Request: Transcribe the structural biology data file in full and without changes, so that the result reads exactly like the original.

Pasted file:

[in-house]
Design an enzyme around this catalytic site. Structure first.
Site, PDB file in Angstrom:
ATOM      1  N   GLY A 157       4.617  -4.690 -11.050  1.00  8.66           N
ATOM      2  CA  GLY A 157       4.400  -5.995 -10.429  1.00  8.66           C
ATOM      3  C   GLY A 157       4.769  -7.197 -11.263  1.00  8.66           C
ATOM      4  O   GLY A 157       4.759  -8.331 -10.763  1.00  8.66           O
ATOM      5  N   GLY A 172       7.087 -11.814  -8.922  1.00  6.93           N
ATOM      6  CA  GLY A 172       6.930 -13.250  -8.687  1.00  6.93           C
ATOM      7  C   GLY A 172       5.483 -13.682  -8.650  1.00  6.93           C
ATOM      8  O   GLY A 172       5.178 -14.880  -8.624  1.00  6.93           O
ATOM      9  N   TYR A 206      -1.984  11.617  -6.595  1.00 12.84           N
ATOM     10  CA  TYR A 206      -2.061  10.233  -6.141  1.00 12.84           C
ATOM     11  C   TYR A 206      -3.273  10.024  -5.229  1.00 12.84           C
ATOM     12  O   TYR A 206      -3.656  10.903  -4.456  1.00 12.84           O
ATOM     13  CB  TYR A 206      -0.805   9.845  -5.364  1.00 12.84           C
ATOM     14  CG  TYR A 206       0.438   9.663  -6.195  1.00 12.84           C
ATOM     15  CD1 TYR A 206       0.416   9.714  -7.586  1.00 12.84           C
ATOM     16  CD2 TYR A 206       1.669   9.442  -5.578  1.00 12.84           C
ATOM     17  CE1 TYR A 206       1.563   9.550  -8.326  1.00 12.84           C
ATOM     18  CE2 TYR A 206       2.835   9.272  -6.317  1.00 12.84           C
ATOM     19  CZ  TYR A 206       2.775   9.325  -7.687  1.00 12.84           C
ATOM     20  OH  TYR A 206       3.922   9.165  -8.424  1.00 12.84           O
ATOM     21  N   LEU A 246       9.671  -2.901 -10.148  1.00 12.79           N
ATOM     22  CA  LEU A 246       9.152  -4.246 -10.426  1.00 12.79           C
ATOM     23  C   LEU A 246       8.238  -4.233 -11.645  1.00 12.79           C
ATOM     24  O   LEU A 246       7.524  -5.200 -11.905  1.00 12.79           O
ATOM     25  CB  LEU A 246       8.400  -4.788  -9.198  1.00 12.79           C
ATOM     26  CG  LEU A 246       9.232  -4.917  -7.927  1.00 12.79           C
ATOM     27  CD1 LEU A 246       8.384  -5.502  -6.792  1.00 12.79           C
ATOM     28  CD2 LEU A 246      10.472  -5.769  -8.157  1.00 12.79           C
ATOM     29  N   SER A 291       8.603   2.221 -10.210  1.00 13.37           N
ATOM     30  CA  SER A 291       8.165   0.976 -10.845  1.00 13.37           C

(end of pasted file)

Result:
[in-house]
Design an enzyme around this catalytic site. Structure first.
Site, PDB file in Angstrom:
ATOM      1  N   GLY A 157       4.617  -4.690 -11.050  1.00  8.66           N
ATOM      2  CA  GLY A 157       4.400  -5.995 -10.429  1.00  8.66           C
ATOM      3  C   GLY A 157       4.769  -7.197 -11.263  1.00  8.66           C
ATOM      4  O   GLY A 157       4.759  -8.331 -10.763  1.00  8.66           O
ATOM      5  N   GLY A 172       7.087 -11.814  -8.922  1.00  6.93           N
ATOM      6  CA  GLY A 172       6.930 -13.250  -8.687  1.00  6.93           C
ATOM      7  C   GLY A 172       5.483 -13.682  -8.650  1.00  6.93           C
ATOM      8  O   GLY A 172       5.178 -14.880  -8.624  1.00  6.93           O
ATOM      9  N   TYR A 206      -1.984  11.617  -6.595  1.00 12.84           N
ATOM     10  CA  TYR A 206      -2.061  10.233  -6.141  1.00 12.84           C
ATOM     11  C   TYR A 206      -3.273  10.024  -5.229  1.00 12.84           C
ATOM     12  O   TYR A 206      -3.656  10.903  -4.456  1.00 12.84           O
ATOM     13  CB  TYR A 206      -0.805   9.845  -5.364  1.00 12.84           C
ATOM     14  CG  TYR A 206       0.438   9.663  -6.195  1.00 12.84           C
ATOM     15  CD1 TYR A 206       0.416   9.714  -7.586  1.00 12.84           C
ATOM     16  CD2 TYR A 206       1.669   9.442  -5.578  1.00 12.84           C
ATOM     17  CE1 TYR A 206       1.563   9.550  -8.326  1.00 12.84           C
ATOM     18  CE2 TYR A 206       2.835   9.272  -6.317  1.00 12.84           C
ATOM     19  CZ  TYR A 206       2.775   9.325  -7.687  1.00 12.84           C
ATOM     20  OH  TYR A 206       3.922   9.165  -8.424  1.00 12.84           O
ATOM     21  N   LEU A 246       9.671  -2.901 -10.148  1.00 12.79           N
ATOM     22  CA  LEU A 246       9.152  -4.246 -10.426  1.00 12.79           C
ATOM     23  C   LEU A 246       8.238  -4.233 -11.645  1.00 12.79           C
ATOM     24  O   LEU A 246       7.524  -5.200 -11.905  1.00 12.79           O
ATOM     25  CB  LEU A 246       8.400  -4.788  -9.198  1.00 12.79           C
ATOM     26  CG  LEU A 246       9.232  -4.917  -7.927  1.00 12.79           C
ATOM     27  CD1 LEU A 246       8.384  -5.502  -6.792  1.00 12.79           C
ATOM     28  CD2 LEU A 246      10.472  -5.769  -8.157  1.00 12.79           C
ATOM     29  N   SER A 291       8.603   2.221 -10.210  1.00 13.37           N
ATOM     30  CA  SER A 291       8.165   0.976 -10.845  1.00 13.37           C